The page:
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No More Homework-Enforcer: Become Learning Coach Instead

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No More Homework-Enforcer: Become Learning Coach Instead

Learning Coach by Linda Dobson

Plummeting test scores, school terror and violence, an increase in the number of children complaining of stress and depression, and observation of basic skills that don’t measure up to report card grades have all played a role in the booming awareness of and need for educational alternatives. But nothing has impacted the shape and delivery of those alternatives as has twenty-first century technology – computers and the Internet – available for increasingly affordable prices to American families.

Computer learning coachA Learning Coach Has the Internet

Where once the school building was known as the information “storehouse,” today the Internet serves as a collection of global information on any matter of interest or need. The same information typically dispensed in schools, in the same curriculum format, can be found on the Internet. But the Internet has also thrown open a door to information you and your child can take at will, 365 days each year, in any order or sized chunk you care to digest.

Availability of information and the ability to freely choose how it is received are the emerging hallmarks of twenty-first century education. Taking advantage of them represents a drastic departure from even your own educational experience just one generation ago.

Sadly, school systems ensconced in the status quo and providing a large percentage of employment in every metropolitan city and rural town show little interest in changing. But who can blame them? Freeing individual children and families to assume some degree of educational responsibility would rapidly reveal the status quo as an antiquated, inefficient, totally-dispensable-in-the-21st-century system. Promoting the availability, ease, speed, and customization available today – right now – to anyone who wishes to partake, would surely hasten what many already see as the system’s inevitable demise.

“I really struggled through science in school – and summer school,” remembers Sally, a real estate agent with three children. “It must be in the genes, because recently my daughter, Alicia, was suffering the same fate. I tried to help with her homework, but it didn’t work. Then one night, after I felt like the worst mother on the planet for yelling, ‘Alicia, I can’t believe you don’t understand this – this is the easy part,’ I knew I had to do something different.”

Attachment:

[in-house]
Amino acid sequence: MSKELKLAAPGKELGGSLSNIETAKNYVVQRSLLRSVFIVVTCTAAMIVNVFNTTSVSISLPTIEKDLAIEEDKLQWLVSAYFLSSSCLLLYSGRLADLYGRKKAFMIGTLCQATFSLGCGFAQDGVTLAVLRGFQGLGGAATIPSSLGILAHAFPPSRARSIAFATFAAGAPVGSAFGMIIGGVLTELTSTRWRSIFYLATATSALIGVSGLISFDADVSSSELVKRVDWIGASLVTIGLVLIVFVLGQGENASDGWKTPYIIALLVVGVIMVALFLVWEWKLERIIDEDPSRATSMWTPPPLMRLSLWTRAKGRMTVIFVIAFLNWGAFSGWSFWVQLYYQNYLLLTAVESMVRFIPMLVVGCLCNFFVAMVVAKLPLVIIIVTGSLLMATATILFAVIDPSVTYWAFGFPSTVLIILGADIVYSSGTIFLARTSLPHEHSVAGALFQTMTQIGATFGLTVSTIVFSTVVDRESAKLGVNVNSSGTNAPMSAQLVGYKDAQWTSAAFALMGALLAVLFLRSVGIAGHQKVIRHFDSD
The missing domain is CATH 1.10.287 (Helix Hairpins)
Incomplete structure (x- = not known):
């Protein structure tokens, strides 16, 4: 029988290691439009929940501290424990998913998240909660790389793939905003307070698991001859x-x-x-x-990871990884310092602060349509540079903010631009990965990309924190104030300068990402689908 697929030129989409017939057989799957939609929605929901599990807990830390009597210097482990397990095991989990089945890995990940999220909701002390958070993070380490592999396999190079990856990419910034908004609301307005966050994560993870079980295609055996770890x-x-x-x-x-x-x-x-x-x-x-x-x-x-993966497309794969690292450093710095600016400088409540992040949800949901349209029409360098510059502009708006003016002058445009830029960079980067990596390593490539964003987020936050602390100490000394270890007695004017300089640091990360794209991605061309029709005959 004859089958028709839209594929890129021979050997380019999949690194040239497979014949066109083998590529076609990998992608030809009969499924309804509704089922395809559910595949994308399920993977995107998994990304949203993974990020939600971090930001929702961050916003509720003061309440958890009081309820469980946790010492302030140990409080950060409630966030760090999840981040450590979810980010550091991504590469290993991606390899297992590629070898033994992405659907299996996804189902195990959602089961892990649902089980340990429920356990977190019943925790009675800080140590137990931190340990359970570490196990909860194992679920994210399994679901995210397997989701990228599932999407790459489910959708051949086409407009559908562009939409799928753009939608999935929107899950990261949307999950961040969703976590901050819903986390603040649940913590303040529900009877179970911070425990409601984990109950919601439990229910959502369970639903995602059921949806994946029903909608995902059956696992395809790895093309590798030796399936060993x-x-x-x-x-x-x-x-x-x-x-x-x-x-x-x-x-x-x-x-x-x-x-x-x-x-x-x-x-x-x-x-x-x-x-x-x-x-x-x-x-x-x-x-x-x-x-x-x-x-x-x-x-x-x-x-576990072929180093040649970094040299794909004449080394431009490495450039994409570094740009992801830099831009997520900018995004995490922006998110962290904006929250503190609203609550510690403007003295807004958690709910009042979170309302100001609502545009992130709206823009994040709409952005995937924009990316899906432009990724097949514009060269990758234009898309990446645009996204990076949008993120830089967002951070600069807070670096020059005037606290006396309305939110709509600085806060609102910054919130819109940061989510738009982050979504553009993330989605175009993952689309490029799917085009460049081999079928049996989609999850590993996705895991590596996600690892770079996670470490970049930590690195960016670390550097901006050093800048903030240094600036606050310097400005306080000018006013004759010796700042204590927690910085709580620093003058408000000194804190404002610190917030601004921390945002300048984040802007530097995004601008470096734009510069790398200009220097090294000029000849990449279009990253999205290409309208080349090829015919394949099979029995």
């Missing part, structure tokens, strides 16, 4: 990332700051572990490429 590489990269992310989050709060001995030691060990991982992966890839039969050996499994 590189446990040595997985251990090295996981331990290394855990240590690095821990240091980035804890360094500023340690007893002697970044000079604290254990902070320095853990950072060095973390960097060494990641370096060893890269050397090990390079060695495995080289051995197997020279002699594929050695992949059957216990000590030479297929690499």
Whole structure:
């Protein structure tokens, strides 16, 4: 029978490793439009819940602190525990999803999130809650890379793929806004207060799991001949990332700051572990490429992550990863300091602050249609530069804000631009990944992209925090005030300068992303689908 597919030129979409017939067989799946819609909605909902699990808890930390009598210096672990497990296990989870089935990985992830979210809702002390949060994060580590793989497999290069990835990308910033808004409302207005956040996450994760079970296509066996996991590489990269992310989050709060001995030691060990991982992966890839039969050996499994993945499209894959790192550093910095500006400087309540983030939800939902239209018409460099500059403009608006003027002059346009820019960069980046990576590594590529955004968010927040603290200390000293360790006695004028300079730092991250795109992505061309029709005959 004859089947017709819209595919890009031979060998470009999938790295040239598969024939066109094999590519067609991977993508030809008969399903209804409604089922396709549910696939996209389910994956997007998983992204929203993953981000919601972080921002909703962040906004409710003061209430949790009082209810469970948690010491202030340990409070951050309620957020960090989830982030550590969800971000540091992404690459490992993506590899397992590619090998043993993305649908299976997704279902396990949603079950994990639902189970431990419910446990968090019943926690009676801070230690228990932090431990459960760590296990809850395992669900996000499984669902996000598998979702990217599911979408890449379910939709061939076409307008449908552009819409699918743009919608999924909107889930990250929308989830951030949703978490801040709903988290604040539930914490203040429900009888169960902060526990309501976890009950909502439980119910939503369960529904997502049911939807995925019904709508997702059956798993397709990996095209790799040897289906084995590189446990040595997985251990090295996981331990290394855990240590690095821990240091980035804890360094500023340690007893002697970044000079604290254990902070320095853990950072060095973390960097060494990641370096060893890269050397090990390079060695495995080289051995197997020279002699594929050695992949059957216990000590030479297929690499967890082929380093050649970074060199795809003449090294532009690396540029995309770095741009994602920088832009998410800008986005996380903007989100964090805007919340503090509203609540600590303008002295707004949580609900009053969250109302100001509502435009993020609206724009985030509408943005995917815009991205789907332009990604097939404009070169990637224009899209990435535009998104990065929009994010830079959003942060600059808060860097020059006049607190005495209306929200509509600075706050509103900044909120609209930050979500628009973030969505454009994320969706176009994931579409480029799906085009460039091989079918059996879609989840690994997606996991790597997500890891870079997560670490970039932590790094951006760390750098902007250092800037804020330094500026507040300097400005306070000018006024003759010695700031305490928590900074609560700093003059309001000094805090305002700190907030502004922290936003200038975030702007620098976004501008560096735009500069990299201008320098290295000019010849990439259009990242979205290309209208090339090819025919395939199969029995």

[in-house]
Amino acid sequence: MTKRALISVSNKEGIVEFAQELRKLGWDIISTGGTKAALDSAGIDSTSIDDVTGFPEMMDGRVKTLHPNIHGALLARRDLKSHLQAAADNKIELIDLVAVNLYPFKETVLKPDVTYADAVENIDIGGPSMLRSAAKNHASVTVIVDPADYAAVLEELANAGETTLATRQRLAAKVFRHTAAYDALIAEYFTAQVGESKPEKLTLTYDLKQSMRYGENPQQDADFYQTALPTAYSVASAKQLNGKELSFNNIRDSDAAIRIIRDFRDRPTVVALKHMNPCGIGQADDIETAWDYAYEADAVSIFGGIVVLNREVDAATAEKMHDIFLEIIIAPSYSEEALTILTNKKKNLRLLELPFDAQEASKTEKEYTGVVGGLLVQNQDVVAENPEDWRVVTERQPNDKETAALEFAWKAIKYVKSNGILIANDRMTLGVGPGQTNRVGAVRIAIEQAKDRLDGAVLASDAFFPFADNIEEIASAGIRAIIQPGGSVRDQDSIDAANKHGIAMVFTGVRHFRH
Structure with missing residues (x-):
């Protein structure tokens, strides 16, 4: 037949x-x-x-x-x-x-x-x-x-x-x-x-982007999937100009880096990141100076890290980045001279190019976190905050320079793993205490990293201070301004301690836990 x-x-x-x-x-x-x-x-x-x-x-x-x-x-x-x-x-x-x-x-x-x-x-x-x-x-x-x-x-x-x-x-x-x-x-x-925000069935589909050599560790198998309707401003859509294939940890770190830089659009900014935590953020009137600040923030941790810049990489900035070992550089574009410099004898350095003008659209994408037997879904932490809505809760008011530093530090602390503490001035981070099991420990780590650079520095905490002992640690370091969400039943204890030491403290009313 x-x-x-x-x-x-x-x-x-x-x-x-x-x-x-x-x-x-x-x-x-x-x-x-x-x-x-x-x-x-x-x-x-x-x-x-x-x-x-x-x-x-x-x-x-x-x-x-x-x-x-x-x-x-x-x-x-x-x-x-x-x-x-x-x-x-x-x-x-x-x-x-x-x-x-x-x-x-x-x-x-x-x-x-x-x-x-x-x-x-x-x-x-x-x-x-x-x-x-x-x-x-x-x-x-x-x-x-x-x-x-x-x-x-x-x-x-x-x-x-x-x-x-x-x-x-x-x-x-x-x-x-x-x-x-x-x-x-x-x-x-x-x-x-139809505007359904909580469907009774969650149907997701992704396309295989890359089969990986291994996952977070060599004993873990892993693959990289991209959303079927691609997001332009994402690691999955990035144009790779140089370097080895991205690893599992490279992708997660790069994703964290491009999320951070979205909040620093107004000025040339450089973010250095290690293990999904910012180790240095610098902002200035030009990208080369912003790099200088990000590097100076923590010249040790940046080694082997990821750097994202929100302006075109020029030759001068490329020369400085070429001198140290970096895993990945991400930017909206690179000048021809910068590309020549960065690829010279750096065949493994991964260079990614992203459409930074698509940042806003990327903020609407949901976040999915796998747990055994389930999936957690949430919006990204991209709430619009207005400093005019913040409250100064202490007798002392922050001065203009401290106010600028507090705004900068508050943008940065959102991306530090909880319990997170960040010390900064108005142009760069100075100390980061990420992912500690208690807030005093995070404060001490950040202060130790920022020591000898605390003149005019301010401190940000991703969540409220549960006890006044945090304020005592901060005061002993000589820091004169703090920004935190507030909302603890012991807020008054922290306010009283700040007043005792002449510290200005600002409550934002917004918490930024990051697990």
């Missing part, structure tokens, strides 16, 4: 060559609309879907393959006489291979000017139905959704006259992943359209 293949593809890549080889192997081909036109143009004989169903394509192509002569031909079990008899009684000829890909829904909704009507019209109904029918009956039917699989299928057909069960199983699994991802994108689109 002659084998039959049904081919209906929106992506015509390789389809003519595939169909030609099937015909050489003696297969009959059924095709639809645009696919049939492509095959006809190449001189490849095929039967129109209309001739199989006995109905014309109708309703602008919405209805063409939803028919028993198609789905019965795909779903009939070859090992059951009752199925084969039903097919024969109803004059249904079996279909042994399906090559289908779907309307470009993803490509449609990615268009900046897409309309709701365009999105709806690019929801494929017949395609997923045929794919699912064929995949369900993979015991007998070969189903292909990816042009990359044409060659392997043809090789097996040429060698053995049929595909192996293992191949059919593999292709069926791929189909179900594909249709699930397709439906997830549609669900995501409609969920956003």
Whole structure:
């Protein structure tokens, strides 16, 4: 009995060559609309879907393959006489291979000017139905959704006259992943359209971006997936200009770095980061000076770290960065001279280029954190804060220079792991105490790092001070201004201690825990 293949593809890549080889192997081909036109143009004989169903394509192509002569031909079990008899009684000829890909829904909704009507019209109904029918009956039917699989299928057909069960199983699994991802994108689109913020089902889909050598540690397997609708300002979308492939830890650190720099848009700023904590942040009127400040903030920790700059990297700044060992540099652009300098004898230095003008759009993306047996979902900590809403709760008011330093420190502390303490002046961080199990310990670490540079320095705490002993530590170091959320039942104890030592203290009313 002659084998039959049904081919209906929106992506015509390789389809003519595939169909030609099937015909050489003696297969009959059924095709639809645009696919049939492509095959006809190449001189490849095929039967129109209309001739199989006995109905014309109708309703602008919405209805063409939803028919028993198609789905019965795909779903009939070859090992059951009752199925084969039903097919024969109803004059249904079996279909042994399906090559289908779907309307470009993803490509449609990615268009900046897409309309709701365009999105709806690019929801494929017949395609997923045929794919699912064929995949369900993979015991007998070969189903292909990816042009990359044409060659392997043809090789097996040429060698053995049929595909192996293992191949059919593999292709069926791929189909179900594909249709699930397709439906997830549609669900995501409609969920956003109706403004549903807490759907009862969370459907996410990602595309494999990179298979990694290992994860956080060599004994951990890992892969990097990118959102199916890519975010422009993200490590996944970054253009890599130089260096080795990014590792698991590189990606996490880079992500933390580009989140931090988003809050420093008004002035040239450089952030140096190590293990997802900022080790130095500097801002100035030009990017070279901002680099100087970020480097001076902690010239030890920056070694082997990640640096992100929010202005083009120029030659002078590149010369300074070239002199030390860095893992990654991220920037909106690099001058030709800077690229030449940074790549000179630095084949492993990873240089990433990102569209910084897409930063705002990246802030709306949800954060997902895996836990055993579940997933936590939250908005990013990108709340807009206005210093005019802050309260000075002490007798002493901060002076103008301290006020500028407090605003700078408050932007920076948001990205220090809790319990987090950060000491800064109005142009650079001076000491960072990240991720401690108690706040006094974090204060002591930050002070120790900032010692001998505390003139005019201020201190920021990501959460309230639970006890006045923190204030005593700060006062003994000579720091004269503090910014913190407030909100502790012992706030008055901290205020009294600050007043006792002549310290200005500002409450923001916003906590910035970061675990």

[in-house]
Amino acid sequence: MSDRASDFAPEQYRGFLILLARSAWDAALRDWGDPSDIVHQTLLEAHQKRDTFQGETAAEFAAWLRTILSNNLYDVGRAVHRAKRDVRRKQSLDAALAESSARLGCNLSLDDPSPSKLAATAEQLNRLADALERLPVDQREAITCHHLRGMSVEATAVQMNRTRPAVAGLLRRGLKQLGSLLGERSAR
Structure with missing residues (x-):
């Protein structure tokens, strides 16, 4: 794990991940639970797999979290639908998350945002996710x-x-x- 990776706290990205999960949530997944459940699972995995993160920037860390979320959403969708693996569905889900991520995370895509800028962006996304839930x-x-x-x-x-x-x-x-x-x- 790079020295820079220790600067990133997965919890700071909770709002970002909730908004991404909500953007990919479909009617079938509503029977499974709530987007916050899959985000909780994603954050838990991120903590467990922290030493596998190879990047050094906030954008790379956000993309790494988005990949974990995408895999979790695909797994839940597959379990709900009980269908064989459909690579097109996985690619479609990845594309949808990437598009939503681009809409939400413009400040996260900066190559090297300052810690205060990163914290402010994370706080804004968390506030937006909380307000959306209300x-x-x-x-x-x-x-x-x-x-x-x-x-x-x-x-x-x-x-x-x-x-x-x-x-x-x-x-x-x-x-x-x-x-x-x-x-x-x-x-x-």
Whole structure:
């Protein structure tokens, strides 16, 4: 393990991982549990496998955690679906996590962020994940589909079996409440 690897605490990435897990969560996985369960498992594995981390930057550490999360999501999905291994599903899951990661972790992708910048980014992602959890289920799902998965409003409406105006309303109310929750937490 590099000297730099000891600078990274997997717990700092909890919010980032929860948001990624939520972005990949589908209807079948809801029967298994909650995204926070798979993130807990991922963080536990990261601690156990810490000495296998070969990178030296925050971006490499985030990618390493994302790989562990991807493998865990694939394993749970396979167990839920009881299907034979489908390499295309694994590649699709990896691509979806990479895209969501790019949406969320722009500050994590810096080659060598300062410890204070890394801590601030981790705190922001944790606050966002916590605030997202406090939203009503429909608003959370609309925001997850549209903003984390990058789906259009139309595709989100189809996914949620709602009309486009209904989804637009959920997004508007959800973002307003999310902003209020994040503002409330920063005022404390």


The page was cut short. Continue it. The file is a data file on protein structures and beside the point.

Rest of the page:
On a whim, Sally booted up her computer that night and after surfing until 1 AM “hadn’t even scratched the surface of available help!” After school the next day she greeted Alicia at the door with two pages of Internet addresses offering everything from alternative texts to “instant homework help” to interactive, home-friendly experiments. “Her favorite seems to be www.sciencemadesimple.com,” says Sally, where she enjoys the projects and almost always finds one related to whatever they’re studying in class, and has taken to watching science in the news at the site, too. “What a relief to know I can best help Alicia, not by pushing her through a textbook she doesn’t understand, but by keeping my eyes and ears open for different ways to accomplish the same thing. And neither one of us misses that fighting!”

A Learning Coach Has Mailing Lists

Tom, a single dad to Nathan, took another route in their home. “I could tell Nathan really enjoyed writing science fiction, but I couldn’t do much more than read what he wrote and comment, ‘Yes, this is very good,’” says Tom.

Tom knew a co-worker was getting lots of good advice via an e-mail group of professional financial planners, so he wondered if a similar group existed for science fiction writers. “My buddy’s group was on yahoolists.com, so I checked,” Tom says. “Sure enough, there were a couple of groups that looked good for Nathan. Now I still encourage him, of course, but he gets real advice and constructive criticism on a couple of lists with people who share his passion.”

(See also “Five More Ways the Learning Coach Approach Is Different From Traditional Teaching.)

Countless other families also daily discover the helpful educational resources available via the computers sitting in their living rooms and dens. But this is only a brief, first glimpse at the opportunities that await parents willing to embrace the emerging possibilities of 21st century education. Let it help you boldly step out of the role of homework enforcer into the much more pleasant role of learning coach.

From
The Learning Coach Approach: Inspire, Encourage, and Guide Your Child Toward Greater Success in School and in Life by Linda Dobson (Running Press)

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2 Responses to “No More Homework-Enforcer: Become Learning Coach Instead”

  1. lisa says:

    The link for http://www.sciencemadesimple.com in your article points to the wrong site.

  2. grandma_linda says:

    I just fixed it, Lisa…don't understand WHAT happened there, but very much appreciate you notifying us…many thanks.

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